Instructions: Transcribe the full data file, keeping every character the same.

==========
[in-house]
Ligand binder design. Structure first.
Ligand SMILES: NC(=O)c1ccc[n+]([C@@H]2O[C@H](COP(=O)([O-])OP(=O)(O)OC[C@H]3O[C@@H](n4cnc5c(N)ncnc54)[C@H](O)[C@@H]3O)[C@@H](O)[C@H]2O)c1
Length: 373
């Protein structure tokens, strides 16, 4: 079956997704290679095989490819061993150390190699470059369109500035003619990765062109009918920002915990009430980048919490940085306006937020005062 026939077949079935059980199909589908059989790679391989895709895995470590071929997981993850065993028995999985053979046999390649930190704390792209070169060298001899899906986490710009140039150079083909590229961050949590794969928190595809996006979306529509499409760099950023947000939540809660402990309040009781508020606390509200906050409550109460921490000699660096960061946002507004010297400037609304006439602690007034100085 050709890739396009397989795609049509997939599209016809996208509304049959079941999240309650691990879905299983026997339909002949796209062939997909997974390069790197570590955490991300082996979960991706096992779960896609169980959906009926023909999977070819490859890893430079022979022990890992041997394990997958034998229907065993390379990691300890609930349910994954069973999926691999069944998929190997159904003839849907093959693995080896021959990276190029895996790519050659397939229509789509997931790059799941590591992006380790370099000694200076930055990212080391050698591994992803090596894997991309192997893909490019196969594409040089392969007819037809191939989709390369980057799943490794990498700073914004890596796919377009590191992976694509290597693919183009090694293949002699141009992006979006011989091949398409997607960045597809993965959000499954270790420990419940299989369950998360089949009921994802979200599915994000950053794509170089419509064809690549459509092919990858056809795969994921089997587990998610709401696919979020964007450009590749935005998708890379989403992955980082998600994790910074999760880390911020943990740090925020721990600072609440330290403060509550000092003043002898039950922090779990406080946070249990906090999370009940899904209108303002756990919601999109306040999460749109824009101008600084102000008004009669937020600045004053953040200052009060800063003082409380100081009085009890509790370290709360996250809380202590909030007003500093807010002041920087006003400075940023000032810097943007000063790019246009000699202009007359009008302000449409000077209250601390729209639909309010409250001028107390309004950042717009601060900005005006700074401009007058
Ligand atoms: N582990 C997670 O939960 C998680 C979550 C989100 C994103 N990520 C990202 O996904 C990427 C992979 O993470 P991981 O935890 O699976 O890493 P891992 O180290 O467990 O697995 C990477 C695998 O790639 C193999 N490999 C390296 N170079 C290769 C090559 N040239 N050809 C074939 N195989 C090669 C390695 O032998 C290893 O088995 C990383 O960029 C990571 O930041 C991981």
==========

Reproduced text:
[in-house]
Ligand binder design. Structure first.
Ligand SMILES: NC(=O)c1ccc[n+]([C@@H]2O[C@H](COP(=O)([O-])OP(=O)(O)OC[C@H]3O[C@@H](n4cnc5c(N)ncnc54)[C@H](O)[C@@H]3O)[C@@H](O)[C@H]2O)c1
Length: 373
């Protein structure tokens, strides 16, 4: 079956997704290679095989490819061993150390190699470059369109500035003619990765062109009918920002915990009430980048919490940085306006937020005062 026939077949079935059980199909589908059989790679391989895709895995470590071929997981993850065993028995999985053979046999390649930190704390792209070169060298001899899906986490710009140039150079083909590229961050949590794969928190595809996006979306529509499409760099950023947000939540809660402990309040009781508020606390509200906050409550109460921490000699660096960061946002507004010297400037609304006439602690007034100085 050709890739396009397989795609049509997939599209016809996208509304049959079941999240309650691990879905299983026997339909002949796209062939997909997974390069790197570590955490991300082996979960991706096992779960896609169980959906009926023909999977070819490859890893430079022979022990890992041997394990997958034998229907065993390379990691300890609930349910994954069973999926691999069944998929190997159904003839849907093959693995080896021959990276190029895996790519050659397939229509789509997931790059799941590591992006380790370099000694200076930055990212080391050698591994992803090596894997991309192997893909490019196969594409040089392969007819037809191939989709390369980057799943490794990498700073914004890596796919377009590191992976694509290597693919183009090694293949002699141009992006979006011989091949398409997607960045597809993965959000499954270790420990419940299989369950998360089949009921994802979200599915994000950053794509170089419509064809690549459509092919990858056809795969994921089997587990998610709401696919979020964007450009590749935005998708890379989403992955980082998600994790910074999760880390911020943990740090925020721990600072609440330290403060509550000092003043002898039950922090779990406080946070249990906090999370009940899904209108303002756990919601999109306040999460749109824009101008600084102000008004009669937020600045004053953040200052009060800063003082409380100081009085009890509790370290709360996250809380202590909030007003500093807010002041920087006003400075940023000032810097943007000063790019246009000699202009007359009008302000449409000077209250601390729209639909309010409250001028107390309004950042717009601060900005005006700074401009007058
Ligand atoms: N582990 C997670 O939960 C998680 C979550 C989100 C994103 N990520 C990202 O996904 C990427 C992979 O993470 P991981 O935890 O699976 O890493 P891992 O180290 O467990 O697995 C990477 C695998 O790639 C193999 N490999 C390296 N170079 C290769 C090559 N040239 N050809 C074939 N195989 C090669 C390695 O032998 C290893 O088995 C990383 O960029 C990571 O930041 C991981």